Heed my warning, if you don’t one day you will hear, “I get picked on at school, I have no friends, others won’t date me, and I can’t wait until I turn 18 so I can change my name! I hate you dad!”
There are essentially two different avenues that you can pursue when choosing a name for a baby. You can give your newborn child a classic name, one that is relatively common for the time period, and does not stand out on its own, or you can give your child a name that is distinct or unique in some manner. There are benefits and drawbacks to each avenue.
Here are some of the strategies to use when picking a name your child will like and not hate you for.
1. Choosing a Classic Name
Consider choosing a classic name, one that is relatively common and that has been around for a while. Some names never appear to go out of style, including names like Abigail, Emily, Hannah, Melissa and Jessica for girls and Michael, Alexander, Joshua, William, Daniel and Noah for boys.
No, Max nor Maximus Aurelius does not fall in this category just because you think the movie Gladiator is a classic. I don’t care if your son looks a little like Russell Crowe.
2. Choosing a Family Name
It has been common practice for centuries to name children after older members of the family. While naming your son "Michael" after his father is an option, one of the better routes to pursue might be to give your son the middle name "Michael" and a distinct first name so that he carries on an important naming tradition while still maintaining his own individuality.
Being Michael Jr. only looks cute for so long, uh maybe until you are 10. Then it’s just boring.
3. Choosing a Popular Name
Every year there are surveys that track what baby names are most popular, giving some insight into naming trends. For example, the most popular baby names in 2009 were Isabella, Emma, Olivia, Sophia, Ava, Emily, Madison, Abigail, Chloe and Mia for girls and Jacob, Ethan, Michael, Alexander, William, Joshua, Daniel, Jayden, Noah and Anthony for boys.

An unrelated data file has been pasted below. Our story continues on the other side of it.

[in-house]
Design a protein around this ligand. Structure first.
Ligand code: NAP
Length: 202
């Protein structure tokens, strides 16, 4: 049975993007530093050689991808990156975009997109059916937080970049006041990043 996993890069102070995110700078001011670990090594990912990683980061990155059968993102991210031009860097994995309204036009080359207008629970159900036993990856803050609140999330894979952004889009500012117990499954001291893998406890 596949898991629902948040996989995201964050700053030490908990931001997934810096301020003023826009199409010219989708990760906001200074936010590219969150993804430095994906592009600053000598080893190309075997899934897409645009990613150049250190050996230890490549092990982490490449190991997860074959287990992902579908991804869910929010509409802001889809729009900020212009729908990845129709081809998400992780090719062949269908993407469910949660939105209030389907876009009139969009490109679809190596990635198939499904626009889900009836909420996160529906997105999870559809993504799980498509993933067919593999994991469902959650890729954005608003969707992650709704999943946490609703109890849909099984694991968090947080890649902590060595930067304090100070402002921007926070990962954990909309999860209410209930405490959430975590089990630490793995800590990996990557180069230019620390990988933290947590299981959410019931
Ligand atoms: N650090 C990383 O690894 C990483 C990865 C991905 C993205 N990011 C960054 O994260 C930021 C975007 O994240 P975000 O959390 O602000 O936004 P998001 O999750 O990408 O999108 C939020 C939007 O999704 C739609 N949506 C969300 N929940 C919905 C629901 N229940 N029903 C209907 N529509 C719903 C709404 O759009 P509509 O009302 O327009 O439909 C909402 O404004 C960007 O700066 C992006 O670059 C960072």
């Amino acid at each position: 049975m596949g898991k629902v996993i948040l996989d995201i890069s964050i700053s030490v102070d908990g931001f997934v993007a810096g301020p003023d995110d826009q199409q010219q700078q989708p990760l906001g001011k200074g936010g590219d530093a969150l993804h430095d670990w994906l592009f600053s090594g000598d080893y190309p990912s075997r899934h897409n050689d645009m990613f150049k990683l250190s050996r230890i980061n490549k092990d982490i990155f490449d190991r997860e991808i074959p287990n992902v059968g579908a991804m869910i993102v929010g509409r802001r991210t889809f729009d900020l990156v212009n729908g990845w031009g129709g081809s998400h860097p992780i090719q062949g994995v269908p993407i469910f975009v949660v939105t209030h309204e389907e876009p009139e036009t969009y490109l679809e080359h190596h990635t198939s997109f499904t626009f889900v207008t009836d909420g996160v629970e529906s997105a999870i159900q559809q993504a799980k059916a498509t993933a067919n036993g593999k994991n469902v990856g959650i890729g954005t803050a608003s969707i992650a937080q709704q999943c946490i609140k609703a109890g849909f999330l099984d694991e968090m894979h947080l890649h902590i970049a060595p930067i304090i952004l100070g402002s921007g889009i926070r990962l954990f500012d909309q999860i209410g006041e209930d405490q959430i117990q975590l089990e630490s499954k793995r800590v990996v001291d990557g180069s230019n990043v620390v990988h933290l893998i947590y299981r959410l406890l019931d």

4. Choosing a Unique Name
It is becoming increasingly common for people to choose unique names when naming new babies, but there are both advantages and disadvantages to choosing a name that nobody has ever done before. When naming your child, one of the most important considerations is that your child must grow up with that name, endure the thoughts and words of classmates in school and eventually secure a job with that name. Ask yourself, "Will my child change his/her name upon turning 18?" before choosing something too off-the-wall.
• Brooklyn? Why not just name him Salt Lake City?
• Jax? Just add an A for Ajax.
• Perky? Boy, your breasts sure are perky.
• Zeno? Future galaxy explorer, dun, dun, dun!
5. Choosing a Name that Spells and Pronounces Easily
Another common practice in choosing unique names is unique spellings. If you choose a classic name with a non-traditional spelling, then you should expect that your child will have to spell out his or her name for other people often, and pronunciation may even be an issue at times. Rather than choosing a non-traditional spelling like "Madysen" in place of "Madison," consider the simplicity of going with the traditional spelling.
There is nothing wrong with wanting to choose a name that is unique, meaningful or special in some way. What you do need to do is choose a name that your child is going to feel comfortable growing up with. Do not choose your baby name on the fly, but rather give it some real time and consideration before settling on a decision. By all means stay away from any names that could produce sexual innuendos.